Wednesday, November 27, 2013

The Vampires in Brooks Brothers Suits

In December of 2011, I posted a piece called Giving It Away. It was about corporate welfare in Illinois. In the seven-hundred days since, nothing has changed.

The state’s finances remain in ruins, critical legislation has not been passed, and the blood-sucking ghouls who inhabit our executive suites continue to approach the state for hand-outs.

With Christmas just under a month away, I thought it would be appropriate to post about the Illinois state legislature’s ongoing efforts at playing Santa:


In 2010, the Supreme Court issued a landmark ruling. Part of the fallout from the infamous Citizens United vs. Federal Election Commission decision was that corporations possessed the same rights as individuals insofar as political advocacy is concerned.

And three years later, I agree. Corporations are people. So let’s start treating them as such.

In year-six of the Great Recession, U.S. corporations continue to approach state governments for hand-outs. An executive has only to play a few rounds of golf with officials from another state or municipality before legislators are scurrying to round-up a fresh batch of write-offs, deferments, loopholes and (nudge-nudge) “incentives”.

Yet conservatives continue to sputter and rage over the alleged over-taxation and over-regulation of these same corporations. The fact that corporate tax rates are a mere shadow of their nineteen-fifties selves, or that the corporate tax code is riddled with loopholes is irrelevant.

Where were they when Apple CEO Tim Cook testified that Apple’s tax rate on recent income of seventy-four billion dollars was two-percent? Exactly how is it that a corporation maintaining a post office box in some exotic tax haven (thereby exempting it from U.S. taxes) qualifies it as over-regulated?

Much less over-taxed?

While our elected representation pays requisite lip service to the vanishing middle-class and the mounting struggles of the working man every campaign cycle, they reliably enable corporations to duck tens of millions of dollars in taxes.

Illinois-based Archer Daniels Midland (ADM) provides a textbook example.

The food-processing and commodities-trading monolith is a glowing corporate success. They ranked twenty-seventh on the 2013 edition of Fortune magazine’s Fortune 500 list, with revenue of eighty-nine billion dollars.

Less-impressive is the fact they could teach Vito Corleone a thing or two about extortion.

ADM approached the state of Illinois—even as it lay emaciated and shrunken on its deathbed—and coyly curling a strand of hair around its fingers, intimated it might want to move. But they’re not sure where. It could be Dallas or St. Louis or even Chicago.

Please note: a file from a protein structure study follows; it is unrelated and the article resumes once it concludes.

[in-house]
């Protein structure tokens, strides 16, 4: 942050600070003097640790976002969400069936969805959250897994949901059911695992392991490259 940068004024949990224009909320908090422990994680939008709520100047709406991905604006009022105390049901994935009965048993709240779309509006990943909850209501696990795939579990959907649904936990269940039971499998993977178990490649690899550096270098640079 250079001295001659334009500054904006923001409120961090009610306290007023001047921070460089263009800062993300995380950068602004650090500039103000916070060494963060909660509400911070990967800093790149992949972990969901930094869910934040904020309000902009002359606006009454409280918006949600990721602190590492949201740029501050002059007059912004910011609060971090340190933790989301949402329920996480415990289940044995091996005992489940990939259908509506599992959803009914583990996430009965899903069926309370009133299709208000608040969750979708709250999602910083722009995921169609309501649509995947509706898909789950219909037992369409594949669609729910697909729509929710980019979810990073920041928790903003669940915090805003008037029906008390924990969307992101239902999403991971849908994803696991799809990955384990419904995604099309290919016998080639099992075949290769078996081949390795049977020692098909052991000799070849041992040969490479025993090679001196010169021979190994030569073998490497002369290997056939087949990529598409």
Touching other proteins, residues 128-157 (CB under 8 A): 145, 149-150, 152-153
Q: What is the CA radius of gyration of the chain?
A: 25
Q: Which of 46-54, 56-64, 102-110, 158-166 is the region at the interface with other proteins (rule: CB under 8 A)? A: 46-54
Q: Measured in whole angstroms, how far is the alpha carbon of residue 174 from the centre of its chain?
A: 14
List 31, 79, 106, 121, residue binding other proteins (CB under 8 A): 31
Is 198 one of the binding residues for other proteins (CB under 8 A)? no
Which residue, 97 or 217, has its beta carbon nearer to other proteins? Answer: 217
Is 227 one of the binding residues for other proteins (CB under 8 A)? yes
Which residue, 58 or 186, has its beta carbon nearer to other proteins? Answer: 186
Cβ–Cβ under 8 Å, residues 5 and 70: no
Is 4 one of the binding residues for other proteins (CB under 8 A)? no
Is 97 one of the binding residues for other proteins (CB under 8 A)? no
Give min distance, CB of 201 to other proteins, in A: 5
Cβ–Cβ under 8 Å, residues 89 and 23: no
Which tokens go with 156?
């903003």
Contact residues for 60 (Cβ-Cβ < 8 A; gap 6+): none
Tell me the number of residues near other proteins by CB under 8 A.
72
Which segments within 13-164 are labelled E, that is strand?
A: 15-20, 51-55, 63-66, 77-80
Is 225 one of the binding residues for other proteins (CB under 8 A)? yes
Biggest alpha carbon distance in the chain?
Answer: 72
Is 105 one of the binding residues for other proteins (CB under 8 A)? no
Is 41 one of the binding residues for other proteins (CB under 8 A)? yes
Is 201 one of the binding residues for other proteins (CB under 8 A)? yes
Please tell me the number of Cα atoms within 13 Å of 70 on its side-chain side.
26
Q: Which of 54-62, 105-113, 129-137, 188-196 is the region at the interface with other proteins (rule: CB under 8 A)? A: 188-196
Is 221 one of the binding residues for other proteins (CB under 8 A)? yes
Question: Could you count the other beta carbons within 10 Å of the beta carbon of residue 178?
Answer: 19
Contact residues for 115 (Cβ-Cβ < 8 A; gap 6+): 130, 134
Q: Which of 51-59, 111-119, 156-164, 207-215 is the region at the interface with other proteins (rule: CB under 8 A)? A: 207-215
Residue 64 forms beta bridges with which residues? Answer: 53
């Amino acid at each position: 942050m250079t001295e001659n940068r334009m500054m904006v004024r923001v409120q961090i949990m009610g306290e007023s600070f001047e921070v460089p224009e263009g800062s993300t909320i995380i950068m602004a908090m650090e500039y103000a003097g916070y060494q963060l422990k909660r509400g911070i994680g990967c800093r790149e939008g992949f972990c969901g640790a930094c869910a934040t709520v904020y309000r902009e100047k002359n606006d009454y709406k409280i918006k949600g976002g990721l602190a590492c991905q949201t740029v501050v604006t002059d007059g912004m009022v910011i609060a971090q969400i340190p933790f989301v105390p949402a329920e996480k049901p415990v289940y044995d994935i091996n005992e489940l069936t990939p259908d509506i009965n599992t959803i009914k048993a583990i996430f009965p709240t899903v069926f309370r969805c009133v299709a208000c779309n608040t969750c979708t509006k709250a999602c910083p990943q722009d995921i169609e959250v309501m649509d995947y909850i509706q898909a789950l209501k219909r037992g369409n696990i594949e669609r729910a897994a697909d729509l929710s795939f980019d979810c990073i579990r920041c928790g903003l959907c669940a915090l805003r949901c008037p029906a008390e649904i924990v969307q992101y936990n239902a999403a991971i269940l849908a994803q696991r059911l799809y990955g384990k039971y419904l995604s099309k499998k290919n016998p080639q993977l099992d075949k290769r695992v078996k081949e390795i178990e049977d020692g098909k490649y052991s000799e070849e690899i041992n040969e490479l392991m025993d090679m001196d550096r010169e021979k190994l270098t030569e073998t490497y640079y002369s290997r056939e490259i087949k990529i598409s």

There are just so many places!

The Illinois General Assembly obediently responded. Its latest offer, while a reduction from the forty-million dollars ADM originally sought, is a big, fat giveaway to a company making a mountain of money even a professional athlete couldn’t imagine.

ADM feels it should be compensated for remaining in the intolerable backwater of Decatur, Illinois. Ask yourself: where are those well-heeled executive wives even supposed to shop?

From my vantage point, Archer Daniels Midland appears to be doing just fine. It’s a little tough to see that they need to be paid for anything apart from the services they render their customers. Their employees are doing a bang-up job, and I think ADM’s towering revenue is reward-enough for their judicious hiring.

(But if ADM truly feels unappreciated, I’d be happy to drop in and give their execs a hearty pat on the back.)

With a mountain of unpaid bills, an unfunded pension crisis that is the worst in the nation and bond ratings that are falling like interest in the Jonas Brothers, doesn’t Illinois have enough drama without yielding to the demands of a blood-sucking corporate parasite?

Exactly what should four-thousand jobs (the number of ADM employees in Decatur) cost—if anything? Furthermore, why pay ADM for hiring people who are already making vast amounts of money for them? Is there any conclusive proof that paying companies to stay outweighs the giveaways and tax forfeitures?

Furthermore, this legislation allows ADM to keep their employee’s income tax withholding, reason being that since there are years in which they have no tax obligation to the state, they are unable to take advantage of certain incentives.

Which is like asking Macy’s to compensate you because you weren’t able to use all their coupons.

Ostensibly, the bill will require ADM to create jobs, as well as maintain its current staffing levels. But despite living in the age of (ahem) over-regulated businesses, I have yet to see a government tell a corporation it couldn’t lay-off its employees. Or insist that it hire.

And neither have you.

When asked if he could guarantee that ADM would remain in Illinois after catching a glimpse of its early Christmas present, Greg Webb, their vice-president of government relations, could only issue a tepid “I don’t know about the guarantee part.”

Fuck you too, Greg.

This sucks for everyone—except Archer Daniels Midland. Taxpayers should never, ever be a corporate revenue stream.

Congress slashed unemployment benefits in August. Now we have the six-percent cut in food stamp (SNAP) benefits. Middle-class wages are flat. Benefits are disappearing—along with full-time jobs.

Tens of millions of people remain un—or under—employed as a result of the corporate-induced Great Recession, which I think we can all agree is just great.

Our Supreme Court declared that corporations are people, too. What I want to know is when do we start treating them like one?

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